The Arguments Behind the Professionalization of Teaching
There have been changes in the perceptions of education in recent years - and this has been partially due to the new flows of information and teacher resources which can be found in the form of the Internet. Because of how our financial situation is brittle and because of how there are challenges which remain in our society, there have been arguments regarding whether or not teaching should be professionalized - and whether or not this is good value for money.
Those who commentate in the world of education now believe that you need to have so much more if you are going to be an effective teacher. Teaching your lessons is no longer enough because of how those who spend time in a classroom with students are expected to look out for a number of different things - including a depressive or negative personality in one of the students, or even signs of abuse in some severe circumstances.
Because of this, there are many arguments that a teacher needs to be authoritative, but in a way that makes them likeable, respectable and approachable. Sometimes, a child might feel detached from their parents and their home, and because of how a student spends more than half of their time at school, the next port of call for a conversation in confidence can be a teacher. If a teacher is not a professional, how will a student feel that they are confident enough in the person who teaches them to confide in serious issues?
A teacher needs to be consistent in their teaching - ensuring that they are present for all of the lessons that they are obliged to take. Missing lessons as a teacher is not only reckless from an occupational sense, but the cancellation of lessons or a substitution teacher can have a negative effect on students who might be contending with some frightening exams, needing the consistency and the direction of the teacher that they usually have. With substitution teachers not having a personal relationship with students, a knowledge of what has been covered in class, and a different approach to teaching, it can be detrimental for students if the teacher's professionalism is not consistent.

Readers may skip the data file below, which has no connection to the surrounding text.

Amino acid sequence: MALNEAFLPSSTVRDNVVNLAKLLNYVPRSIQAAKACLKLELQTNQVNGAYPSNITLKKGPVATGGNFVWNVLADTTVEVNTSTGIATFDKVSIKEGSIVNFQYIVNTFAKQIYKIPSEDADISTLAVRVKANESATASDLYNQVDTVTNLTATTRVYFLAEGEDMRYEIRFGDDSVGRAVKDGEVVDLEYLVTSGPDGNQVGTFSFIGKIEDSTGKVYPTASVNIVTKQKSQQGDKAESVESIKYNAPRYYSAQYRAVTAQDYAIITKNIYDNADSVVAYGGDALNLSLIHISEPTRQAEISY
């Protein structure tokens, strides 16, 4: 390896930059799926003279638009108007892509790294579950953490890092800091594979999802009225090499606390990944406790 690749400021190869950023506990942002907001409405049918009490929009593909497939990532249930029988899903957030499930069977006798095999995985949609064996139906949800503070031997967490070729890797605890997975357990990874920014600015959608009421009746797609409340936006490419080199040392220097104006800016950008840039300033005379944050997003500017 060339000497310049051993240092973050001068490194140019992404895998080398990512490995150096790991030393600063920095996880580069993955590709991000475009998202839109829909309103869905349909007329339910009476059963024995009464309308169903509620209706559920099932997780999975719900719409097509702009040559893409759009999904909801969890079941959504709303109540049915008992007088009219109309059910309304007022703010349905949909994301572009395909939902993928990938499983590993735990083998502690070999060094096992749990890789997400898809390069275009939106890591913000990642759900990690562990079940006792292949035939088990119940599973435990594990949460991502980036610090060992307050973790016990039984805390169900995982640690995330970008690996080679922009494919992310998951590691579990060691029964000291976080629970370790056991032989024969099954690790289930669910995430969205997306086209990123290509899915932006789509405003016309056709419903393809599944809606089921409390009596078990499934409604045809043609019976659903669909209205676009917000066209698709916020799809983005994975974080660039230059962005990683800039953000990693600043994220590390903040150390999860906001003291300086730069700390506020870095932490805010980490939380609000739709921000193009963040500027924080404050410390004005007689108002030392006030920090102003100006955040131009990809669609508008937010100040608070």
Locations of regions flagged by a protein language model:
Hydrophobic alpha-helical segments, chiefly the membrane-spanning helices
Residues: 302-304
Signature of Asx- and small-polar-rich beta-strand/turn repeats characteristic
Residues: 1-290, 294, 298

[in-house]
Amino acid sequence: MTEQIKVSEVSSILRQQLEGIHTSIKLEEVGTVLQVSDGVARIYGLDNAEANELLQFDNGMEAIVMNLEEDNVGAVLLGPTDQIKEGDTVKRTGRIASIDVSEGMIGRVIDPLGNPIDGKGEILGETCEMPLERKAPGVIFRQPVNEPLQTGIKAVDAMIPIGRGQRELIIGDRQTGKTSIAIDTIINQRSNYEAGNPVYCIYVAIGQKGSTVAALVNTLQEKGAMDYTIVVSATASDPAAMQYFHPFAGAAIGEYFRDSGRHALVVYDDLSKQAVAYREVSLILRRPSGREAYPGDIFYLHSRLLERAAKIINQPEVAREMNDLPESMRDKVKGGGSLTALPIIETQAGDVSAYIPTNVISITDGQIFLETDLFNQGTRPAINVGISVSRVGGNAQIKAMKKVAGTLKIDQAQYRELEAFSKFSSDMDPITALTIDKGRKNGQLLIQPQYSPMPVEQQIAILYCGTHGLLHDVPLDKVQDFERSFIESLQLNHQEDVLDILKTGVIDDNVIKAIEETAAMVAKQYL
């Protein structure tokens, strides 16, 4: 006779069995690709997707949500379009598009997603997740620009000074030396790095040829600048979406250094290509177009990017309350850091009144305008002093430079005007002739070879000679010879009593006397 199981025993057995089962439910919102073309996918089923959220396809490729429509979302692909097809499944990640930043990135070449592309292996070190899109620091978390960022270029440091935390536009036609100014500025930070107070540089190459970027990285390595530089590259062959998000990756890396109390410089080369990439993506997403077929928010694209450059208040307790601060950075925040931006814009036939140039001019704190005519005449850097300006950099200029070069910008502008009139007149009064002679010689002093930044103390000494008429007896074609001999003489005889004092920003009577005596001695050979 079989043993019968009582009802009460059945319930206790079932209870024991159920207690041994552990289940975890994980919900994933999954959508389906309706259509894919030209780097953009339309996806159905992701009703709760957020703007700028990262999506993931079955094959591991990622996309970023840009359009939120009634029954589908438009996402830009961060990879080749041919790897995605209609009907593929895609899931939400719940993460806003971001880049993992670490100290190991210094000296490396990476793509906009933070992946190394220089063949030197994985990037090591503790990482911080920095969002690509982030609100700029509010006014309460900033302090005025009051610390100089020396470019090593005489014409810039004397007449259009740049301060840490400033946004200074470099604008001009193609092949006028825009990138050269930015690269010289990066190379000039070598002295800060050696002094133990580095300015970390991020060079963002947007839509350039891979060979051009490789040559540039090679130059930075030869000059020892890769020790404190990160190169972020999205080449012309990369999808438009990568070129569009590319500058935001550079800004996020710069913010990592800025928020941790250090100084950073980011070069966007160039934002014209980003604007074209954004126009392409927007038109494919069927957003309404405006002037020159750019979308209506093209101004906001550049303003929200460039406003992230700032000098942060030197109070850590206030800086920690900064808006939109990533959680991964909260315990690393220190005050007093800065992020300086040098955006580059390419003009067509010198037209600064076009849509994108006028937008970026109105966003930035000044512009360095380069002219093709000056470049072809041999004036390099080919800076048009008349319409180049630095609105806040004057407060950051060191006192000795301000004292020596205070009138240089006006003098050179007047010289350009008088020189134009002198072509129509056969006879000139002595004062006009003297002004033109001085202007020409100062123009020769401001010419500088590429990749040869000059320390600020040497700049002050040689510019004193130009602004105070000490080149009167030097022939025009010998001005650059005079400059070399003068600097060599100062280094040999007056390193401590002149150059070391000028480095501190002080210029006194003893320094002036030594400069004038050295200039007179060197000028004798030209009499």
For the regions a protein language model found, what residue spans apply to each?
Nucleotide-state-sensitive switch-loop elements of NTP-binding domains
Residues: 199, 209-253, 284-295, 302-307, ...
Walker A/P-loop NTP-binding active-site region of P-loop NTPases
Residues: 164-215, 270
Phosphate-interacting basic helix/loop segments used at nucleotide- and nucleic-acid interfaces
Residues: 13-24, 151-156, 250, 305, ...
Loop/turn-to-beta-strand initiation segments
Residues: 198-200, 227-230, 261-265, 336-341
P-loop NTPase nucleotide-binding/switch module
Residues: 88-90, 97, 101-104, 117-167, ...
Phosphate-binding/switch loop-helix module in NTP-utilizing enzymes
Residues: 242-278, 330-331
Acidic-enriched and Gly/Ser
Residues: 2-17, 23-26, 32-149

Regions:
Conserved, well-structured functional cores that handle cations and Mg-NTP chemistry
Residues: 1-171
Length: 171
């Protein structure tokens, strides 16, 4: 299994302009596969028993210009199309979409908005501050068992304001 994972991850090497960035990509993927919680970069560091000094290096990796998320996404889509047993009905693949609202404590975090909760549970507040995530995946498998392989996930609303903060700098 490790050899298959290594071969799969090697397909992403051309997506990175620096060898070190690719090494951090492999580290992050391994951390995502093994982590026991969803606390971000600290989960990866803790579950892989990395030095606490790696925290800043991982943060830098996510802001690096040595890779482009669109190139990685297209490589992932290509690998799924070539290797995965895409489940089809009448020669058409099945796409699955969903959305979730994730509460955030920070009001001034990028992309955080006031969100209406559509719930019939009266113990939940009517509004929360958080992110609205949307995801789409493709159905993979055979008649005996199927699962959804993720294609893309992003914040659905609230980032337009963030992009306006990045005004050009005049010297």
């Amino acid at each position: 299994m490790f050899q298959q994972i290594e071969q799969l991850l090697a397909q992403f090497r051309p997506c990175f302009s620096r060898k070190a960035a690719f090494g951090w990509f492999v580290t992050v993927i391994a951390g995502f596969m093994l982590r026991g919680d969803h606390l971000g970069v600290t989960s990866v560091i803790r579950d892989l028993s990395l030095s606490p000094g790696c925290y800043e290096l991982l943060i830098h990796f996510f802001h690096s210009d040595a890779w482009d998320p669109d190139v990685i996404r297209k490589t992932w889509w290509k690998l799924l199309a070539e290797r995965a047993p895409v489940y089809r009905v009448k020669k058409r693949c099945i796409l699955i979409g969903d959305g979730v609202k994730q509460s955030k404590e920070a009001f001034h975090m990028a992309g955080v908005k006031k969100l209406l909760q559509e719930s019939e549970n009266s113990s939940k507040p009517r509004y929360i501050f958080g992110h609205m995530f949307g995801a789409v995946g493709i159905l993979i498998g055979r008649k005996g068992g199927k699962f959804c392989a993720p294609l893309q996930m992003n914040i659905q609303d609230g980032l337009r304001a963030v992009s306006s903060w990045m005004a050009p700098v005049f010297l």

Even though it can be important to be firm and fair, losing your temper has been proven to be ineffective. There will be times when students might misbehave or where they will not fulfill the expectations and what you have planned in class, but the points of call following on from this should be a discussion and not alternative methods such as shouting and isolation from the rest of the class. Talking through an issue can allow you to gain a better understanding of the reasoning behind why something might have happened. Also, if you are willing to get to know the people you teach, you might have a broader knowledge of the different circumstances which they might be handling in their personal life.
A working relationship can be made so much more productive when it is brought in line with a personal relationship. Bond with your students; talk about last night's episode of The Simpsons. Being open and informal from time to time can actually add to your professionalism.
Go Deeper Into Our Professionalization of Teaching Categories
- Assessing the Skills of Teachers
- How Teaching Portfolios Can Advance Your Career
- Teacher Merit Pay
- Removal of Teacher Tenure
- Teacher Glossary of Terms in Teaching
- Teacher Shortage
- What is Teacher Tenure?
Professionalization of Teaching Basics
- Helping Teachers Teach Well: Transforming Professional Development
- Let's build teachers' professional community
- Systemic Reform in the Professionalism of Educators
- Teachers' Professional Development in a Climate of Educational Reform